15 May 2008

Our New Paradigm

In the May 12, 2008, UK paper The Guardian, David Adam reported that “carbon dioxide in the atmosphere has reached a record high…[and] climate change could begin to slide out of control.” He went on to write that scientific models assumed half of our future CO2 emissions would be reabsorbed by forests and oceans, but that these assumptions “may be too optimistic.” Of course, CO2 isn’t the only crisis in our world, but let’s set the shortcomings of scientific reductionism aside for the moment.

The fact that CO2 emissions are increasing is no surprise. Look locally. Is there a decrease of driving in your town or city? Besides the handful of folks that are walking or biking, not even high gas prices diminish driving. Couple that with the abundance of vehicles that get eight to twelve miles per gallon, and it might appear to the casual observer that there is no climate crisis or even a fuel shortage.

Do we need to drive every time we go out? Are we really too busy to walk? Is that trip to the big box store down the road necessary? Or are we too self-absorbed to recognize the way commercial interests have taught us to live? There is an irrational notion inculcated in “civilized” cultures that assumes economics and especially gadgetry (that we must buy) solves all problems. In truth, gadgetry causes harms. Our most sophisticated gadgets by far are implements of war. Are we just “boys (and girls) with toys” caring only for instant gratification?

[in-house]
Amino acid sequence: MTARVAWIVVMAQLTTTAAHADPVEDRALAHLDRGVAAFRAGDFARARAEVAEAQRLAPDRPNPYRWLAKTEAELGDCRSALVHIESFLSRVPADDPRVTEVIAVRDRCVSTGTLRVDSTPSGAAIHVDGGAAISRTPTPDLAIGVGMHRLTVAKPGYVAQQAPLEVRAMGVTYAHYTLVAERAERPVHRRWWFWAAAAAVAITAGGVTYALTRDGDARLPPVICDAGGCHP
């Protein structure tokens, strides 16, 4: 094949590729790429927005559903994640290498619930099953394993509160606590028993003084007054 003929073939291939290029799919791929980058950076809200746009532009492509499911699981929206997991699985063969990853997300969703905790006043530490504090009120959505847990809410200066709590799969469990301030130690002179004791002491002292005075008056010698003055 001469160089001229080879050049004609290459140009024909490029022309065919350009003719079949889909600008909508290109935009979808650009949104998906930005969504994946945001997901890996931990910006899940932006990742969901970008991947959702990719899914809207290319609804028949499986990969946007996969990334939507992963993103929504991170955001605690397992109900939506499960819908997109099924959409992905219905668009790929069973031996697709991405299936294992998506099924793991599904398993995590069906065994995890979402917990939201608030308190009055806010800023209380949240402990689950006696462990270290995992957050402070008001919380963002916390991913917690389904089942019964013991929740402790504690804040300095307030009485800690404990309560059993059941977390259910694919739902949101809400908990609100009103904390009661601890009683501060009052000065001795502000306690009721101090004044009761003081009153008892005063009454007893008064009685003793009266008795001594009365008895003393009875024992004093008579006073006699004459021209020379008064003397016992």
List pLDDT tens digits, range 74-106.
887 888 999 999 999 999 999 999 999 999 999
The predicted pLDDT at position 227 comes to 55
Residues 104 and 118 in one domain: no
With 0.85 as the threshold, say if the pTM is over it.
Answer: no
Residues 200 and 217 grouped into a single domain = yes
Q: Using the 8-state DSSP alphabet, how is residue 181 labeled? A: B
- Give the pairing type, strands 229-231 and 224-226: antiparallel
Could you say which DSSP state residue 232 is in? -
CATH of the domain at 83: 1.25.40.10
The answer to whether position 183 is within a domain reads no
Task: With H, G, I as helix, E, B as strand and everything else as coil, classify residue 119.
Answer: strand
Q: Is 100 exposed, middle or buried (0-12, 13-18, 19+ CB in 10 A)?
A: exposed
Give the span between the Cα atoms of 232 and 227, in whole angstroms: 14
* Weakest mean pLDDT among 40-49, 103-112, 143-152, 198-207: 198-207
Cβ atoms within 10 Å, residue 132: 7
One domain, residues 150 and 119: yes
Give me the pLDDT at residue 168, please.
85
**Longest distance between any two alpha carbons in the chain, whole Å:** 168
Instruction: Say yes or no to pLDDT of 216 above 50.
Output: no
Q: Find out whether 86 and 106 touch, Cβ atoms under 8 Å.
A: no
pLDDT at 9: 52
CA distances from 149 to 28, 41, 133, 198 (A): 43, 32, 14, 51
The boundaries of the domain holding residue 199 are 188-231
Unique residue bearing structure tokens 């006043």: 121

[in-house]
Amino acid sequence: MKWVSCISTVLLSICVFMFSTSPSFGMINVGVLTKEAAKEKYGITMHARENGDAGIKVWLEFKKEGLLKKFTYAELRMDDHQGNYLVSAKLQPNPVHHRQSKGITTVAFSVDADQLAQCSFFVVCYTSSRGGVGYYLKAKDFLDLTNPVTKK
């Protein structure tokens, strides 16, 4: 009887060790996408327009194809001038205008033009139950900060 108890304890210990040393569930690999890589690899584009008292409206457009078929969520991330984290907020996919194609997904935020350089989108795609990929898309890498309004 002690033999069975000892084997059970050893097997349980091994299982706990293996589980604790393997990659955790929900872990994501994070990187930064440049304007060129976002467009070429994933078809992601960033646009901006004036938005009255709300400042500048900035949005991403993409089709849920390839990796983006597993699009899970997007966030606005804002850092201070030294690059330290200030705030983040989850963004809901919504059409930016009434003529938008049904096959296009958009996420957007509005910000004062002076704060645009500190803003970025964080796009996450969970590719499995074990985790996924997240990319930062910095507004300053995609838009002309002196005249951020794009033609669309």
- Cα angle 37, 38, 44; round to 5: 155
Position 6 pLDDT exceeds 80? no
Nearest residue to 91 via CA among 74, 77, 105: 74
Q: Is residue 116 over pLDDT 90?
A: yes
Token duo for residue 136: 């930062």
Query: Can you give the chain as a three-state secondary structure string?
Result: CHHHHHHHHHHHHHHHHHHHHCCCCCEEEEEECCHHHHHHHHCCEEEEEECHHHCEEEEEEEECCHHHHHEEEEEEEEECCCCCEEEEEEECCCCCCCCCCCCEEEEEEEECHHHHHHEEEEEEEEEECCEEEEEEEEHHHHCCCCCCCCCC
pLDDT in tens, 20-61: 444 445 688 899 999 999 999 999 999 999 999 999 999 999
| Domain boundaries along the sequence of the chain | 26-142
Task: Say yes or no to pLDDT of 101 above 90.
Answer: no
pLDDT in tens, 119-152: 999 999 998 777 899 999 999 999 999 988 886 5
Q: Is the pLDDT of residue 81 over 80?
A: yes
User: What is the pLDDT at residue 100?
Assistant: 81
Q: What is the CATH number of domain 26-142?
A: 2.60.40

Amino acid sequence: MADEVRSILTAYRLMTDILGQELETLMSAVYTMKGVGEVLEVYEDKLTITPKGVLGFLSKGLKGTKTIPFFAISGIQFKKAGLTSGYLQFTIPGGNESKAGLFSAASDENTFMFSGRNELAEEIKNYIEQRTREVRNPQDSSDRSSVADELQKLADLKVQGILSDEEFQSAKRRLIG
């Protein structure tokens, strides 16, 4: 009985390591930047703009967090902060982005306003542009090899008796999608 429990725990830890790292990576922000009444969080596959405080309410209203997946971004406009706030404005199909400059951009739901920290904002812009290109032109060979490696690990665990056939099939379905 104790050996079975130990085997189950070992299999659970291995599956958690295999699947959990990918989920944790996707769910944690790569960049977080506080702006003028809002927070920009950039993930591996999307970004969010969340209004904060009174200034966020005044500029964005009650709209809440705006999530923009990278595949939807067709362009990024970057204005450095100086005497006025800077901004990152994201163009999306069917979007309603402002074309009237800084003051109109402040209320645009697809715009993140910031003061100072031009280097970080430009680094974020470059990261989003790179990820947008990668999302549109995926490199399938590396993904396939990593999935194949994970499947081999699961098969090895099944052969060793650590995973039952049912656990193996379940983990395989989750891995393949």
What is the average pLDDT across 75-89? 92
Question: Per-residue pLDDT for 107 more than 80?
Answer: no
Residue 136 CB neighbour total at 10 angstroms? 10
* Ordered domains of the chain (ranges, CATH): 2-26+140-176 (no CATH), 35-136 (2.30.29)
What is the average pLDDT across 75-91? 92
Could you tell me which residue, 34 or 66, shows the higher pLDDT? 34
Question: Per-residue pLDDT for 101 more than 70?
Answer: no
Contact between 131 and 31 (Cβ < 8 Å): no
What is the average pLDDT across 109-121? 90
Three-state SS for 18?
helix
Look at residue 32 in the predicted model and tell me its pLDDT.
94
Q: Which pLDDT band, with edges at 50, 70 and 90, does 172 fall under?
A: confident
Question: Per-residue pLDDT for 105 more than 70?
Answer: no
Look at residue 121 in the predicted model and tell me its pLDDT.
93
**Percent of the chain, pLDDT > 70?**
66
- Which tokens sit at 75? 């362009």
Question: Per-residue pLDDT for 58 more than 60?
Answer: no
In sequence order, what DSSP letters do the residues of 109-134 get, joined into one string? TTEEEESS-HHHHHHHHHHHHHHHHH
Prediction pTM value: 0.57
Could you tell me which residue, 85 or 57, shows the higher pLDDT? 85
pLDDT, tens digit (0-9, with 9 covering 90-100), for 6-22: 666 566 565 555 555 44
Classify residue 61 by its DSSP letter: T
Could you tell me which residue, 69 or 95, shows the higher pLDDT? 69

If we are merely selfish, pursuing instant gratification, we are utterly lost. However, if we care about saving the planet and all the species that dwell upon it (including our own children), we must change the way we live. Markets will not solve our problems; they created them in the first place with deregulation, pollution, worker exploitation, manipulation of our minds through advertising, and unchecked greed.

As individuals, we must first and foremost reduce our ravenous and unnecessary consumption, reuse things rather than stuff them into landfills, and as a last resort, recycle the things we must discard. We need to stop or at least reduce driving in favor of our more “primitive” means of ambulation. Besides, it’s good for us.

Will these steps solve all the problems we’ve created? Well, no, not with economics being the sole paradigm of all decisions and actions in our “advanced” culture, but at least we could mitigate our own contributions to problems that are “slid[ing] out of control.” That way, instead of feeling that any talk of climate change is a personal attack due to our complicity in the system, we can eliminate our anger, denial, and our cynical business-as-usual attitude, and become examples of a new paradigm. We might as well learn to live more simply so we can teach our children how to do it. They need to be ready for when they have no choice in the matter. And let’s face it—that’s tomorrow.

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